Spread Networks, a Mississippi-based telecom provider, announced with fanfare in June 2010 that it had completed a high-speed fiber optic cable between Chicago and New York. The company reportedly spent $300 million constructing an 825-mile route through the Allegheny Mountains, to make the cable as short as possible. The Herculean achievement cut 0.003 seconds from the time it takes a message to make the round trip, from 16 milliseconds to 13 milliseconds.

Such investments are part of a technology arms race in financial trading. Critics say the high-frequency trading (HFT) this technology enables causes market instability—the 2010 Flash Crash, for instance—and costs long-term investors billions of dollars. But Eric Budish, associate professor of economics; John Shim, a PhD student at Chicago Booth; and the University of Maryland’s Peter Cramton argue that the HFT arms race is a symptom of market instability and not a cause—and that the public debate has overlooked a fundamental flaw in the structure of financial markets: continuous trading.

Most securities exchanges operate continuously— traders can buy or sell any time during trading hours. Orders that provide liquidity are governed by price-time priority—the highest bid or lowest offer at any given time is executed first. When two identical offers arrive, as tracked by a continuous limit order book, the one that arrived first is executed first.

But the continuous limit order book doesn’t actually work in continuous time, say the researchers. Pricing relationships between related securities that function at what the researchers define as “human time intervals”—a second, minute, or hour—break down at millisecond speeds.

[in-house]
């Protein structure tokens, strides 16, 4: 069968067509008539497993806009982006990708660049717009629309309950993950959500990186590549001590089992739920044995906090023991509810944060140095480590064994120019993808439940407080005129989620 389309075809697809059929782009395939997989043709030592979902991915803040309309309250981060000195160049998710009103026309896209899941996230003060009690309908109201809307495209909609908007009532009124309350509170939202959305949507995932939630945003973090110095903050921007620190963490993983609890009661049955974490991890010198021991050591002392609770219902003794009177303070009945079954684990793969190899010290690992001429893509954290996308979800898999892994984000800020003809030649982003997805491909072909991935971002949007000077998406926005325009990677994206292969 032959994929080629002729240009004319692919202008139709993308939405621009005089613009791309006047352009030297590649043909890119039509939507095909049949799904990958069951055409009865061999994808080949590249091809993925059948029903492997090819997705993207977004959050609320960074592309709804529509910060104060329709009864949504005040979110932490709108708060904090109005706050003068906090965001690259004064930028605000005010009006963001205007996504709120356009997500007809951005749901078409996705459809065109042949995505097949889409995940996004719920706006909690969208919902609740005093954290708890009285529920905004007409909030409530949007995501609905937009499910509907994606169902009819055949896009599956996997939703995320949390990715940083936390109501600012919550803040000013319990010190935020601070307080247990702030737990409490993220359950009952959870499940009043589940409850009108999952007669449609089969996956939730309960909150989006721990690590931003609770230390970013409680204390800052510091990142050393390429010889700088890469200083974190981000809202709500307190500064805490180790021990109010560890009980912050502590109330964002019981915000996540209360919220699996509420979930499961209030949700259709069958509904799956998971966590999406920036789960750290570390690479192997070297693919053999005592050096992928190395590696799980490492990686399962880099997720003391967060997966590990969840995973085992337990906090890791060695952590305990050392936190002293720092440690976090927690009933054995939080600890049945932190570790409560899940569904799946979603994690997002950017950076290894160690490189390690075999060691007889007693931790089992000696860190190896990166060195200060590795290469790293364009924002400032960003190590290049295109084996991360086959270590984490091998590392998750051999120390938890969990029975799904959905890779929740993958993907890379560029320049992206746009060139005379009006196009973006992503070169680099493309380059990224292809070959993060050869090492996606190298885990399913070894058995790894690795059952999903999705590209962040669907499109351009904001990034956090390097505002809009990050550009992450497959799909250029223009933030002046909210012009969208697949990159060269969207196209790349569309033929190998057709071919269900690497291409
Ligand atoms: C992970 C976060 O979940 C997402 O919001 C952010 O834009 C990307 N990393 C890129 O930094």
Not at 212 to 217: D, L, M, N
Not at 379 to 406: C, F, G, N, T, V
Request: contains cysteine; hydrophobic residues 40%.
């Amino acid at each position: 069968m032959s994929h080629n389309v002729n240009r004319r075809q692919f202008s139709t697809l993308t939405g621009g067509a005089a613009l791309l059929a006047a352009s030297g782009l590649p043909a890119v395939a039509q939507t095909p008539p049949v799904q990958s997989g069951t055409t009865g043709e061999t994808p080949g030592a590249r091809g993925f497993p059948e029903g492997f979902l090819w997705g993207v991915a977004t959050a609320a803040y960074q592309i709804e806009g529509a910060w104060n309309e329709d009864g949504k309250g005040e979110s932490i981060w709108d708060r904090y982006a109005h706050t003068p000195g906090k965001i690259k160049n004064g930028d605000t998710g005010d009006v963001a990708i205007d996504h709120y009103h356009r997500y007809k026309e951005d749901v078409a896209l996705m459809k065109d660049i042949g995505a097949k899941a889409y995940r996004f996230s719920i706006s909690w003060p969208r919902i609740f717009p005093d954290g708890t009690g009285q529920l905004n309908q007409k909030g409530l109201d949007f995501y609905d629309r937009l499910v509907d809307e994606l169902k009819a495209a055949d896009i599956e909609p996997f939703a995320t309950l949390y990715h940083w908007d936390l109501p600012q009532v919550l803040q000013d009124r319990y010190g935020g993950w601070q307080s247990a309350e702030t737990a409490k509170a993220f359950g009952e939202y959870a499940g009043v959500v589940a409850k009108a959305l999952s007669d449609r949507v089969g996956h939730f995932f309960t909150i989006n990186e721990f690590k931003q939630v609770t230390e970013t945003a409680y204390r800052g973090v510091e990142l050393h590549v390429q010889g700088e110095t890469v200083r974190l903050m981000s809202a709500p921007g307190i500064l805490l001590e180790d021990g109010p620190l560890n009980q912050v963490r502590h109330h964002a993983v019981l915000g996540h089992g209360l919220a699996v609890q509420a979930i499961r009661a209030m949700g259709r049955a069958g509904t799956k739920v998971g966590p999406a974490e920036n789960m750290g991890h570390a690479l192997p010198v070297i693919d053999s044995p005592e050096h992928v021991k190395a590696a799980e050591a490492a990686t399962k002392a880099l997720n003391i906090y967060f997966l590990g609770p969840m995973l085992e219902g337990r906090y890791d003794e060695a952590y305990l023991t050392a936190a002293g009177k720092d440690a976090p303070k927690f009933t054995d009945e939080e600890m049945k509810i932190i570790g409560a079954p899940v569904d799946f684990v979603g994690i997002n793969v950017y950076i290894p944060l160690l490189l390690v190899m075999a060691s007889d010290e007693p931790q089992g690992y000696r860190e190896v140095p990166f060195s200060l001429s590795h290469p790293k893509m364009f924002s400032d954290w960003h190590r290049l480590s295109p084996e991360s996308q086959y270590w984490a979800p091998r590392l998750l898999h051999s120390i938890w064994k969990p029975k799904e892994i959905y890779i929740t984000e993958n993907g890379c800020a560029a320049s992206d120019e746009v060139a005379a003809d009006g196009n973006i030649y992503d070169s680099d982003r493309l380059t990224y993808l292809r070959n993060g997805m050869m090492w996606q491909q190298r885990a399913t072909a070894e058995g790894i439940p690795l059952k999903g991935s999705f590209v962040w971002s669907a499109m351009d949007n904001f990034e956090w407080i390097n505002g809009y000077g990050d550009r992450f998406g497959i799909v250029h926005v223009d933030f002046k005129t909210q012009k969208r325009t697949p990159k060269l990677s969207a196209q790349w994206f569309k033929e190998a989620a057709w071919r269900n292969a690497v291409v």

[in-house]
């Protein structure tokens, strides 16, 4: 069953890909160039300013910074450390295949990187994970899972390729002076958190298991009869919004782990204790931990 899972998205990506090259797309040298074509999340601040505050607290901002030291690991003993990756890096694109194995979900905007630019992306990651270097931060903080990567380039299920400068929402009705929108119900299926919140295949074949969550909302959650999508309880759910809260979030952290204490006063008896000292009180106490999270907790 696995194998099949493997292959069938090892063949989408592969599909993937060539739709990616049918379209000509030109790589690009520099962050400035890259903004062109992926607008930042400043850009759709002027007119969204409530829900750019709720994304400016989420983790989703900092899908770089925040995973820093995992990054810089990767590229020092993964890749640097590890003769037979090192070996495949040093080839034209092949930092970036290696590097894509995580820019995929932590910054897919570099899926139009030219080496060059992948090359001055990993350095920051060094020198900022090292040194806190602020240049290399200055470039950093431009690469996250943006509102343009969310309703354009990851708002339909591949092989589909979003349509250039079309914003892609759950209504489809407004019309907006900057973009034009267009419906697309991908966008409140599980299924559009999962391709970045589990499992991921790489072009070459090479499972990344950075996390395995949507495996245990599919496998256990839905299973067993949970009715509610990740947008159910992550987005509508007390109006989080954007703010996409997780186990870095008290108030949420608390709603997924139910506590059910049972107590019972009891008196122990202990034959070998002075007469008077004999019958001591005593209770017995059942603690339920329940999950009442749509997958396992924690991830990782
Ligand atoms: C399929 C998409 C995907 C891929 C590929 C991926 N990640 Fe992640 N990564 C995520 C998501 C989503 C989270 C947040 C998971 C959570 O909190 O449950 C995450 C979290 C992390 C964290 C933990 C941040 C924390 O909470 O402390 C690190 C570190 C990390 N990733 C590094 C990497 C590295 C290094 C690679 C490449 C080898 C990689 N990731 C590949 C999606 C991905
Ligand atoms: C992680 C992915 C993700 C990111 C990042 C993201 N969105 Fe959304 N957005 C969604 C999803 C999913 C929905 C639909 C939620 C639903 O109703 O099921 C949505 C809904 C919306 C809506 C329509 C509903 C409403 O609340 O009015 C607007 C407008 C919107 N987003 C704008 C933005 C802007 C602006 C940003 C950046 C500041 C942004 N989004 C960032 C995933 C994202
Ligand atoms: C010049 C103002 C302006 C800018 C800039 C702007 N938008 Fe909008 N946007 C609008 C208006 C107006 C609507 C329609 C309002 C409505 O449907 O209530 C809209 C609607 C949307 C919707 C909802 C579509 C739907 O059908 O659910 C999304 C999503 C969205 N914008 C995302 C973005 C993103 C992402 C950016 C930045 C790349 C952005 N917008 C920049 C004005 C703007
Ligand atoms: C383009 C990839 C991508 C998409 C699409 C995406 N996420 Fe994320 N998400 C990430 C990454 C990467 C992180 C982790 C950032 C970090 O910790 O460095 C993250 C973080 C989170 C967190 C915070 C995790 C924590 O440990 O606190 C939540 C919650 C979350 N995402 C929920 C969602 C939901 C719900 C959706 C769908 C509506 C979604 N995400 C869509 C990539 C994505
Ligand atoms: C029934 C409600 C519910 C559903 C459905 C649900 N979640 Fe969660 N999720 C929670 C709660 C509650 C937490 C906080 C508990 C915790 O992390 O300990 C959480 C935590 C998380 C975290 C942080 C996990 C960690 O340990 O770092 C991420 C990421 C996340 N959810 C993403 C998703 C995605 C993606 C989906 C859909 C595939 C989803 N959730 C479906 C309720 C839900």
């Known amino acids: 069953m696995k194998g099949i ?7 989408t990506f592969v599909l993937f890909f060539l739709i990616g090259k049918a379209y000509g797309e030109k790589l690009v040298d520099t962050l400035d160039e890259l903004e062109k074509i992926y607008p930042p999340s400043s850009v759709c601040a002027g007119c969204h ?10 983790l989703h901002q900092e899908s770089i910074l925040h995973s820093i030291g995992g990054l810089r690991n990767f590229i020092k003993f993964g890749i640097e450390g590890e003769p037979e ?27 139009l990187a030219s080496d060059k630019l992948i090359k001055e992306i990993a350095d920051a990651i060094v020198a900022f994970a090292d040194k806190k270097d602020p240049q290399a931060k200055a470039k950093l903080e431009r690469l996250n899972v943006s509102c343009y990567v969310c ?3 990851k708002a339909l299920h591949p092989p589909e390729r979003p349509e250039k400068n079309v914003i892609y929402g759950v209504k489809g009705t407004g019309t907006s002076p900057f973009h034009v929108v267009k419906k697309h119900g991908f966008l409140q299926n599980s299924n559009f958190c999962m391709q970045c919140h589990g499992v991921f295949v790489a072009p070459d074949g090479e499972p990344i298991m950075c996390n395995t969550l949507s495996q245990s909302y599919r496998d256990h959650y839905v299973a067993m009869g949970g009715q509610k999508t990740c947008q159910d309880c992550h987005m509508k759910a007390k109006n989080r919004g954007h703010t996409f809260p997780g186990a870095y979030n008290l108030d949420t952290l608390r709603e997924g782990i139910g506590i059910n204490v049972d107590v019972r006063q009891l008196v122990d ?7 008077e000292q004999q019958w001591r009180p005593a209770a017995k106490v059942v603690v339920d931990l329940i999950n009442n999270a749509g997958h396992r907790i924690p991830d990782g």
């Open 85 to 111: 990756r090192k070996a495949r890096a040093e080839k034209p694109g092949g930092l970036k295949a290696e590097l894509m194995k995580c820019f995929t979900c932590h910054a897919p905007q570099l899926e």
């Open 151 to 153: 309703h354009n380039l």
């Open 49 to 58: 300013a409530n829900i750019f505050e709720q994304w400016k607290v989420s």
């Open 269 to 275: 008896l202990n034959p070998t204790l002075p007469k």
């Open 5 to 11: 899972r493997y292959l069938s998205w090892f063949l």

The researchers look at a pair of securities that track the S&P 500 index: the SPDR S&P 500 exchange traded fund, which trades in New York, and the Chicago-traded E-Mini Future. Using 2005–11 data from the New York Stock Exchange and the Chicago Mercantile Exchange, they find that the correlation between the two securities is nearly perfect at human time intervals, but essentially zero at higher frequencies.

Arbitrage opportunities are, therefore, inherent in the continuous limit order market. However fast computers get, prices for related securities cannot change at exactly the same moment. When one security’s price changes and the related security’s price has not yet responded, a profitable opportunity emerges: buy the cheap one and sell the expensive one. Such opportunities drive the technology arms race.

High-frequency traders argue that speed competition ultimately benefits fundamental investors. The researchers conclude otherwise, emphasizing which high-frequency traders are on the wrong side of these trades: liquidity providers, trading firms that stand willing to buy from or sell to all comers, including fundamental investors and trading firms.

Liquidity providers have as much incentive to invest in speed as other high-frequency traders, yet they often suffer when prices jump and their quotes become stale. In the race to react, a liquidity-providing trader tries to adjust his prices quickly, while others simultaneously try to exploit his stale quotes. Because there are more of the latter than the former, the lone trader often loses out. To accommodate those losses, he widens his bid-ask spreads, making fundamental investors pay more to trade.

The researchers propose instead that exchanges run batch auctions at frequent time intervals, such as once per second. In batch auctions, exchanges collect and aggregate orders, and execute those at the price where the most bids and offers match—where supply meets demand. Most exchanges already run these types of auctions for the market open.

In a batch market, the researchers write, “if multiple traders observe the same information at the same time, they are forced to compete on price instead of speed.”

The result, they argue, would be narrower bid-ask spreads, improved liquidity, increased market stability, and billions of dollars of investors’ money saved.

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